Showing posts with label George and Robert Stephenson. Show all posts
Showing posts with label George and Robert Stephenson. Show all posts

Sunday, April 02, 2017

Stephenson Railway Museum North Shields


Stephenson Railway Museum, North Shields. 

The Stephenson Railway Museum was created in honour of George Stephenson, a son of Tyneside and the "Father of the Railways".
Please click on each image for the full size photo. 

Stephenson Railway Museum

Diesel Locomotive No 10Northumbrian Images Blogspot


Northumbrian Images Blogspot Northumbrian Images Blogspot

Stephenson Railway Museum

Northumbrian Images Blogspot

Stephenson Railway MuseumStephenson Railway Museum


Stephenson Railway Museum

Northumbrian Images BlogspotNorthumbrian Images Blogspot

Northumbrian Images BlogspotNorthumbrian Images Blogspot

Tuesday, December 27, 2016

Morpeth Northumberland Countryside


Morpeth, Northumberland Countryside.

Pictures taken during a winter walk around the countryside of Morpeth. The railway viaduct was built in 1850 and was designed by the great Tyneside engineer Robert Stephenson.
Please click on each image for the full size photo. 

Northumbrian Images BlogspotMorpeth Northumberland Countryside

Northumbrian Images BlogspotNorthumbrian Images Blogspot

Northumbrian Images BlogspotNorthumbrian Images Blogspot

Northumbrian Images BlogspotNorthumbrian Images Blogspot
     

Wednesday, January 27, 2016

Newcastle Central Railway Station


Newcastle Central Railway Station. 

Newcastle Central Station was opened in 1850 by Queen Victoria and is a grade one listed building.
The station is nationally important and serves the East Coast Main Line between London and Edinburgh as well as being connected  to Carlisle and Middlesbrough.
In addition there are trans pennine services to Manchester and Liverpool & trains from Newcastle go as far as Penzance.
Newcastle Central is also served by an underground station on the Tyne & Wear Metro system.
The station was built with 3 curved, arched spans which were the first of their kind and this design was copied by other stations.
Newcastle Central was designed by John Dobson in collaboration with the great Tyneside engineer Robert Stephenson, who was the son of George Stephenson the "Father of the Railways". Robert Stephenson also was responsible for the Newcastle High Level Bridge, which was the first combined road and rail bridge in the world. Photos of that structure can be seen here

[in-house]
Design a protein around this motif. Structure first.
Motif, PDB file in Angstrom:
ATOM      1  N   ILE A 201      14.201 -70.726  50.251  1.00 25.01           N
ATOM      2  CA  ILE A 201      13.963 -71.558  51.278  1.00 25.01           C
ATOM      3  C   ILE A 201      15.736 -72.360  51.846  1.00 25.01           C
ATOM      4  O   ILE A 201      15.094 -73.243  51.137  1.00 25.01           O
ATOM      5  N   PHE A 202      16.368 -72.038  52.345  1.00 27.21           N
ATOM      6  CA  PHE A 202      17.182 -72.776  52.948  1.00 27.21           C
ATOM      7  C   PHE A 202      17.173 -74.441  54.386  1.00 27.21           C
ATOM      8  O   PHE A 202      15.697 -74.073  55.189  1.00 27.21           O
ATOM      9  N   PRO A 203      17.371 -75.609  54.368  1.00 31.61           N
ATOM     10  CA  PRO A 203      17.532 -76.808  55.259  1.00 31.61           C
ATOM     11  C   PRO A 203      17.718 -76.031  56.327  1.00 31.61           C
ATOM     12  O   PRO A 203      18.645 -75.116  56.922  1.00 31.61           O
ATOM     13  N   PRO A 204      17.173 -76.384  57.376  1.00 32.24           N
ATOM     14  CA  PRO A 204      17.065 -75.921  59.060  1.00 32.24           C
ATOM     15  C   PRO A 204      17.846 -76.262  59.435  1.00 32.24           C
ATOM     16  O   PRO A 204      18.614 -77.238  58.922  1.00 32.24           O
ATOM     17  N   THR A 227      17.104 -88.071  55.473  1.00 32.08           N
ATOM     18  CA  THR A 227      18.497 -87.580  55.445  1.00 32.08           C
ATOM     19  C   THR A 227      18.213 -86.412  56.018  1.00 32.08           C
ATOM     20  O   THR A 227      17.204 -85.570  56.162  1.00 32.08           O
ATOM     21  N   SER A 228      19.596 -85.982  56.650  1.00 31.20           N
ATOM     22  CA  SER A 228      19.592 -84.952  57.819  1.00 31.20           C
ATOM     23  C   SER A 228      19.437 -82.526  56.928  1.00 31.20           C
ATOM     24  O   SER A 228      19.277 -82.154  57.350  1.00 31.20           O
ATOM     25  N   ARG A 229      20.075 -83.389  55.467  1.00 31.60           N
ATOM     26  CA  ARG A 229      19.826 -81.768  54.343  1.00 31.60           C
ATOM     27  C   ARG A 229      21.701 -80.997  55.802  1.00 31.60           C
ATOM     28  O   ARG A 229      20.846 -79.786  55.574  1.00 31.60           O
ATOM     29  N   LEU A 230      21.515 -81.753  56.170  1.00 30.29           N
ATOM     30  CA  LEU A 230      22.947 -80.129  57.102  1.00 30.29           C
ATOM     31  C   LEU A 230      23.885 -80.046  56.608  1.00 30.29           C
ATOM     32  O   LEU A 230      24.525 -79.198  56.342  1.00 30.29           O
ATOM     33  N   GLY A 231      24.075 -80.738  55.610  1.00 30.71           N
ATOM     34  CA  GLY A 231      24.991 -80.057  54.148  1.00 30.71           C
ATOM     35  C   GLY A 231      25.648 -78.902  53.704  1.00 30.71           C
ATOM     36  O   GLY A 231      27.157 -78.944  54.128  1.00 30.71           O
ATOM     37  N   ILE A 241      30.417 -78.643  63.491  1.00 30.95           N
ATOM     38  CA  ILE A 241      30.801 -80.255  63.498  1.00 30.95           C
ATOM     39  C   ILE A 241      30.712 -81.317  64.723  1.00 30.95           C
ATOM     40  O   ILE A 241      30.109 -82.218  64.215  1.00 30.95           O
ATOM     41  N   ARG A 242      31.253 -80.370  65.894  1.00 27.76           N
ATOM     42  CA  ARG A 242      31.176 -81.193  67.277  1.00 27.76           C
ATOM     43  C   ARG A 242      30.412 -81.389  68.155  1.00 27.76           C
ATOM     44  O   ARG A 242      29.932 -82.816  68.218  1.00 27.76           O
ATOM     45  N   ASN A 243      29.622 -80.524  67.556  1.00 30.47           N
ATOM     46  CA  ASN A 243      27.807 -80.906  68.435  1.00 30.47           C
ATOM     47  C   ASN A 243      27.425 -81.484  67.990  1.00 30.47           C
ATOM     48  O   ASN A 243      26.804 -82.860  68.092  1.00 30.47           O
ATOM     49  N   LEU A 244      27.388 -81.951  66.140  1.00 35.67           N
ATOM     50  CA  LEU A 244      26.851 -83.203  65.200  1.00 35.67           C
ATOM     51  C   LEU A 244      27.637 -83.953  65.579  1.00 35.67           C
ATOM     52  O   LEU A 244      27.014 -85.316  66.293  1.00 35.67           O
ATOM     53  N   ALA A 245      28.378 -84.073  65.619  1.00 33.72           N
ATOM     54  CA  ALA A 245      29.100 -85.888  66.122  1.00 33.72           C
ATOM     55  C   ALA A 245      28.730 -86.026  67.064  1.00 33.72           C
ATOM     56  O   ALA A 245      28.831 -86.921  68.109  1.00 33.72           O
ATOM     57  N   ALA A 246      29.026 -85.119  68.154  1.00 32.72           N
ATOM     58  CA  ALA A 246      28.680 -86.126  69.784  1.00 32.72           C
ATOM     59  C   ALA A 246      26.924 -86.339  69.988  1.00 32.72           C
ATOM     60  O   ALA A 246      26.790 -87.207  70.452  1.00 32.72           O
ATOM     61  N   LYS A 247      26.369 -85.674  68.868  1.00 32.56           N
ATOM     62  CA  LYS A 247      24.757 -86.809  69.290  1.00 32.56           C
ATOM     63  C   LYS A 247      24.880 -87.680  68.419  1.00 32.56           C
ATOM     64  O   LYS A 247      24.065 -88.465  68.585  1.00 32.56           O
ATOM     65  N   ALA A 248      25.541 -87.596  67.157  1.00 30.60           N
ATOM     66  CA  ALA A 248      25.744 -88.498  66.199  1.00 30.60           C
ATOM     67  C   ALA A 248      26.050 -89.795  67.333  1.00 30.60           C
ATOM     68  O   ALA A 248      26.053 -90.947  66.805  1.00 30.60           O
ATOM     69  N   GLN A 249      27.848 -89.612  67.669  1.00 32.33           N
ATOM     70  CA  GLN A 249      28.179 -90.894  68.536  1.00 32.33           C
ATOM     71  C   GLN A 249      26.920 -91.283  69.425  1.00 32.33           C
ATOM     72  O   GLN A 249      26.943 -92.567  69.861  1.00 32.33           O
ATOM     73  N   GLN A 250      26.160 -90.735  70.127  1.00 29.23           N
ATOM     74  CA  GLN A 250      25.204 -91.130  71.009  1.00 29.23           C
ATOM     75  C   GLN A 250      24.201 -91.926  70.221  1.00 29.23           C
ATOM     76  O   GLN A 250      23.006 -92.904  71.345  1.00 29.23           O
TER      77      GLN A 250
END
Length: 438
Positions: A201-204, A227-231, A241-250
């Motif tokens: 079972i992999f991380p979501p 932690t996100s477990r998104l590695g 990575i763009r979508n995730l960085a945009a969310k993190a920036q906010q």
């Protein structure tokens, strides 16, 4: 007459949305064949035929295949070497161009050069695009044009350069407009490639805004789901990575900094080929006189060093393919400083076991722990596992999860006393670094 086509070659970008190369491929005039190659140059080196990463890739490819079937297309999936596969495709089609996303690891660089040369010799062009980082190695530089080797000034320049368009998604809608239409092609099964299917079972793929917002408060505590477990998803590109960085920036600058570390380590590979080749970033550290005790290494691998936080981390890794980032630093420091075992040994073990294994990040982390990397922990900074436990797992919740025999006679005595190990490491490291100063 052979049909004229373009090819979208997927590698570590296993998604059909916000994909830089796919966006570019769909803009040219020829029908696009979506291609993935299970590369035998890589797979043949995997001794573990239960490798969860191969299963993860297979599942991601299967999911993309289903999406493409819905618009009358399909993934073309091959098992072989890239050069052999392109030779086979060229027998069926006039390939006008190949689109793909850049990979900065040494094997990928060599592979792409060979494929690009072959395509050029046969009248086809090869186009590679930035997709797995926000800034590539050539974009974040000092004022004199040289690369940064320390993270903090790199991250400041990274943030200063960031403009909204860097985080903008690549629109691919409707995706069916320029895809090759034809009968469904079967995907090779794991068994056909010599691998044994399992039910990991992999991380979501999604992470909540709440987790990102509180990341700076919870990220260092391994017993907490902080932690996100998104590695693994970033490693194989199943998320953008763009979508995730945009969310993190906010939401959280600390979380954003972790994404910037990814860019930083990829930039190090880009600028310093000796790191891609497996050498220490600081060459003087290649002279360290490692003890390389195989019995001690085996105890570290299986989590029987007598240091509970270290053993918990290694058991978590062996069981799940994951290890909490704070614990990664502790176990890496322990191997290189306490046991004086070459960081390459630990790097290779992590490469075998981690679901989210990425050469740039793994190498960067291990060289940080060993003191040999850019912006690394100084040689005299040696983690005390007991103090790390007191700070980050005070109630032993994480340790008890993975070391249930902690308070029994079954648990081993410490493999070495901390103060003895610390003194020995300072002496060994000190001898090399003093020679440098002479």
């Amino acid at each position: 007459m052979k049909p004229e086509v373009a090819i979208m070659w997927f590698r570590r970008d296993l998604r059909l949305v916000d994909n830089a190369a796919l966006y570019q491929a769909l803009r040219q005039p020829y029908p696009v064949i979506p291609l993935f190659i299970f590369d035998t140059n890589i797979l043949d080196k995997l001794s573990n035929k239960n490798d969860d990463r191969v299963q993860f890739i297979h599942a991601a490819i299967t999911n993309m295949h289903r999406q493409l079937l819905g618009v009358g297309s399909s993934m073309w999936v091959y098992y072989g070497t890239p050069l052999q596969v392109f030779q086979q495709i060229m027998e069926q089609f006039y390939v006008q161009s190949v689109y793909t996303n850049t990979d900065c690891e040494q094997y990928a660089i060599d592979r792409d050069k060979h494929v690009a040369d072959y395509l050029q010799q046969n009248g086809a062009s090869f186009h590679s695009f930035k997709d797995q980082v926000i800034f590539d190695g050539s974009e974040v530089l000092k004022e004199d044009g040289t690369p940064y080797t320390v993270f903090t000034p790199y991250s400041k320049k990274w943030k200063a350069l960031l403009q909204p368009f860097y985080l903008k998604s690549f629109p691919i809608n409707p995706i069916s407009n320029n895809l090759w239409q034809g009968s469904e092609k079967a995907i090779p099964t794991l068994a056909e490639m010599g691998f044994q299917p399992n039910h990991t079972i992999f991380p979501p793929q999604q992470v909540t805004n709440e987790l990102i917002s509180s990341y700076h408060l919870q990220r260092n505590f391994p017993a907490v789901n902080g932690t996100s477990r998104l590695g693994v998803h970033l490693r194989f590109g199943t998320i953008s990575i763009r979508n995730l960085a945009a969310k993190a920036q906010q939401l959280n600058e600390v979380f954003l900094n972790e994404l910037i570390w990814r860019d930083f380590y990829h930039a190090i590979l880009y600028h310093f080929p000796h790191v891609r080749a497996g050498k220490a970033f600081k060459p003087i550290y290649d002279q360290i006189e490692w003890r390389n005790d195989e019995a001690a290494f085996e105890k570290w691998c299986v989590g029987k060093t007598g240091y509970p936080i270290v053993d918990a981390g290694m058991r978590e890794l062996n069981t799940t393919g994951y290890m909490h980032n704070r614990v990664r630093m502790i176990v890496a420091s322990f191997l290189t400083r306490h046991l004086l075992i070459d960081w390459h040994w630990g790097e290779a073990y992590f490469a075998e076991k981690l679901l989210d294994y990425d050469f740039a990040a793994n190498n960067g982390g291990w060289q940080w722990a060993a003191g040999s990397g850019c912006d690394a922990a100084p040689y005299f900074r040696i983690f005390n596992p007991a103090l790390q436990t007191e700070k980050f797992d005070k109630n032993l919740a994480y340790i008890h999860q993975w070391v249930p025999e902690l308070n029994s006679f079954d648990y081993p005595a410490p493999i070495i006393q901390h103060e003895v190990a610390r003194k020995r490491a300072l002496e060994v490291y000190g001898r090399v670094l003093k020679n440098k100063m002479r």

Northumbrian Images BlogspotNorthumbrian Images Blogspot

Northumbrian Images BlogspotNorthumbrian Images Blogspot

Northumbrian Images BlogspotNorthumbrian Images Blogspot

Northumbrian Images BlogspotNorthumbrian Images Blogspot

Northumbrian Images BlogspotNorthumbrian Images Blogspot

Northumbrian Images BlogspotNorthumbrian Images Blogspot

Wednesday, September 24, 2014

George Stephenson's Dial Cottage


George Stephenson's Dial Cottage, Killingworth, Newcastle.

Although great Tyneside engineer George Stephenson "The Father of the Railways" was born in Wylam he moved to Dial Cottage, Kilingworth at the age of 23 with his wife and son Robert who also went on to have a distinguished career in engineering himself. Stephenson was illiterate until the age of 18 and was entirely self taught.
His genius started to become evident when he built his first locomotive, the Blucher, at the colliery workshop behind his home.
He also designed one of the first miners safety lamps but when he went to London to promote his lamp at a Parliamentary committee they refused to believe someone from such a humble background and strong Tyneside accent could have invented this lamp and choose the rival Humphrey Davy design instead. He developed deep mistrust of London from this time. 
However the miners of the North East stayed loyal to Stephenson's lamp and it is said this is where the name Geordies came from to describe North East people.
Please click on each image for the full size photo.  
     




Tuesday, June 10, 2014

The High Level Bridge


The High Level Bridge.

The High Level Bridge was the world's first combined rail and road bridge. It was designed by engineer Robert Stephenson, son of the famous Tyneside railway pioneer George Stephenson.
The bridge was built between 1847 and 1849 and completed the railway line between London and Edinburgh and still forms part of the UK's East Coast Main Line.
Please see a series of pictures of the wide variety of bridges crossing the Tyne here.
Please click on each image for the full size photo.